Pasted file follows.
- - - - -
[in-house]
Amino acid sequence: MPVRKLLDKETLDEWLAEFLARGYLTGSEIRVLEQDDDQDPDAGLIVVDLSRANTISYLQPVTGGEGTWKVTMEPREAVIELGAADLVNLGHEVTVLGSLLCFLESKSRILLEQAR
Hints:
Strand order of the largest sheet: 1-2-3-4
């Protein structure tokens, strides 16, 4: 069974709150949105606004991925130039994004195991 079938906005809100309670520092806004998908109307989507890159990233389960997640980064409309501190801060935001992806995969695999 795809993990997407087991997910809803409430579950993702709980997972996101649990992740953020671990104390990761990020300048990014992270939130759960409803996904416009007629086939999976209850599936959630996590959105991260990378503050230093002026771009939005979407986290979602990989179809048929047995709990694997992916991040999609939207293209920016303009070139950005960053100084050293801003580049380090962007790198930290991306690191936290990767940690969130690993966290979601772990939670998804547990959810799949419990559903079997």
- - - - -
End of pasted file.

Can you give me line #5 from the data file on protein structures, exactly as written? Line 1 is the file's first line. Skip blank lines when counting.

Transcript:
């Protein structure tokens, strides 16, 4: 069974709150949105606004991925130039994004195991 079938906005809100309670520092806004998908109307989507890159990233389960997640980064409309501190801060935001992806995969695999 795809993990997407087991997910809803409430579950993702709980997972996101649990992740953020671990104390990761990020300048990014992270939130759960409803996904416009007629086939999976209850599936959630996590959105991260990378503050230093002026771009939005979407986290979602990989179809048929047995709990694997992916991040999609939207293209920016303009070139950005960053100084050293801003580049380090962007790198930290991306690191936290990767940690969130690993966290979601772990939670998804547990959810799949419990559903079997």